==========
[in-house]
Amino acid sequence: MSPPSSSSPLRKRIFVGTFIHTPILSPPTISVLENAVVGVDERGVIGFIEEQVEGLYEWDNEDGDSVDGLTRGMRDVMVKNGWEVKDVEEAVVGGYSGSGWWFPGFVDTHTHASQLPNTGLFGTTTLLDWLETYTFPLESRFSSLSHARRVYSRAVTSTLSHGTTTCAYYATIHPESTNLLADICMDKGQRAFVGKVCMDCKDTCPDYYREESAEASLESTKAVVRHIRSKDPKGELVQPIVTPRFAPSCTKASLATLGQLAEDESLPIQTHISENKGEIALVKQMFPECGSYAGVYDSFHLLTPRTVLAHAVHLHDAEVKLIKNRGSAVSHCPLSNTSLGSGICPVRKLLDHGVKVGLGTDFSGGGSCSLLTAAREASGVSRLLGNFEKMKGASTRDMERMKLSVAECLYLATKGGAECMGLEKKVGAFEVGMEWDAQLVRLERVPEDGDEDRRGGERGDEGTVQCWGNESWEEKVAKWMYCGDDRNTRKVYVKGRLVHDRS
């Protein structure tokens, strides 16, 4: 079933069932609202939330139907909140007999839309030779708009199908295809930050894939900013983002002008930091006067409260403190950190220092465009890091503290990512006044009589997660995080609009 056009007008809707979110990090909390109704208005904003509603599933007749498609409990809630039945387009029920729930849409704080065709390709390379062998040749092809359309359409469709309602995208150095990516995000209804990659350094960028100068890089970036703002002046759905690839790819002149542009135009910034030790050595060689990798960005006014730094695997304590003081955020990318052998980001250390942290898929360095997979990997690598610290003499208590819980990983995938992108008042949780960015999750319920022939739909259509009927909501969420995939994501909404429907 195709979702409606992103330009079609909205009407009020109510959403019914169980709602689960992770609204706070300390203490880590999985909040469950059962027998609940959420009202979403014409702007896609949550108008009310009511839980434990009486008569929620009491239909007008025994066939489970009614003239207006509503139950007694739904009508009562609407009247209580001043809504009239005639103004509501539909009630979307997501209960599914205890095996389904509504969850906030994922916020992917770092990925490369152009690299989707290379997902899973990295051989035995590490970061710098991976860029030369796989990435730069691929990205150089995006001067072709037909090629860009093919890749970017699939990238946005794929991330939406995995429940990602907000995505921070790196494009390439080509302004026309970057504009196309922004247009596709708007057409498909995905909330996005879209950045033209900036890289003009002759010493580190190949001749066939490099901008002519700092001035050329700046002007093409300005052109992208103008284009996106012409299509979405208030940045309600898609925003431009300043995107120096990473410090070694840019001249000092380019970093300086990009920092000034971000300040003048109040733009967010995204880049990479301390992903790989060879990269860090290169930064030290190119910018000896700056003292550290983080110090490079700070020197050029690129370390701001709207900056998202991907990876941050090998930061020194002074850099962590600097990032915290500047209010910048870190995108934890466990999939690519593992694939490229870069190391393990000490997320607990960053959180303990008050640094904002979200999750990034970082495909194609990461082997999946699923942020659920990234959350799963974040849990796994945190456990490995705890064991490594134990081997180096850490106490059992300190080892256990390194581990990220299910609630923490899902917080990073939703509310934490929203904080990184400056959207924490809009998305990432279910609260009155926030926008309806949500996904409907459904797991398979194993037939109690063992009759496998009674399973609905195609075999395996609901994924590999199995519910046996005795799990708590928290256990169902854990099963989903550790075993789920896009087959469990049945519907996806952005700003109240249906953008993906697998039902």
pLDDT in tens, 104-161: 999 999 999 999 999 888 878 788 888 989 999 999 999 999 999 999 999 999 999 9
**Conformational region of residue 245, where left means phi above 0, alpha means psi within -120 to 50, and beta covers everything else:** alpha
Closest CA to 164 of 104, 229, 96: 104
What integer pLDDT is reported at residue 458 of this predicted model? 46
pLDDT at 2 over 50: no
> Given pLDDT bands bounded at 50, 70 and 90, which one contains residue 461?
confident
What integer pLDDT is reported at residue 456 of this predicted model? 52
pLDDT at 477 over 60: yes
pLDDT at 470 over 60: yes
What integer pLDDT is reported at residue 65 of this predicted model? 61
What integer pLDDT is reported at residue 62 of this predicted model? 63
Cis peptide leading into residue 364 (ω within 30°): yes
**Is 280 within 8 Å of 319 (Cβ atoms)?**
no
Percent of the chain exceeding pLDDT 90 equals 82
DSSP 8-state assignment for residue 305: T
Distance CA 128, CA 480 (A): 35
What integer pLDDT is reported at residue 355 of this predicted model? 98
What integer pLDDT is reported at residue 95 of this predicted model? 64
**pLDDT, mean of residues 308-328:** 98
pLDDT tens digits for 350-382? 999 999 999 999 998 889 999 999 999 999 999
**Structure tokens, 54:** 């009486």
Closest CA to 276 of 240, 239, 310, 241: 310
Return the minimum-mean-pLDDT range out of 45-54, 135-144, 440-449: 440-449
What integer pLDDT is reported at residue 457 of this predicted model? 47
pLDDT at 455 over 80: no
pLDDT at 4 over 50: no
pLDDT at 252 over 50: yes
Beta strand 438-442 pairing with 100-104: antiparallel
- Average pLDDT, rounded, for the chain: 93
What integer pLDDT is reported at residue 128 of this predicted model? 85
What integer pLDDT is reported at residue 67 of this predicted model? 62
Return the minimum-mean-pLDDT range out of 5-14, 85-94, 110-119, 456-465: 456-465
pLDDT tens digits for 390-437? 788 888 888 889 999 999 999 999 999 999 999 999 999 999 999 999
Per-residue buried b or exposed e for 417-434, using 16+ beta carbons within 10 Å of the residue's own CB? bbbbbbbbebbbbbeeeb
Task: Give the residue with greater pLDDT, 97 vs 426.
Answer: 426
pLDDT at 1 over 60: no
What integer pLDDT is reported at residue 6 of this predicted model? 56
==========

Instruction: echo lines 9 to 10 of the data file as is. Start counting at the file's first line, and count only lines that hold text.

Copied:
> Given pLDDT bands bounded at 50, 70 and 90, which one contains residue 461?
confident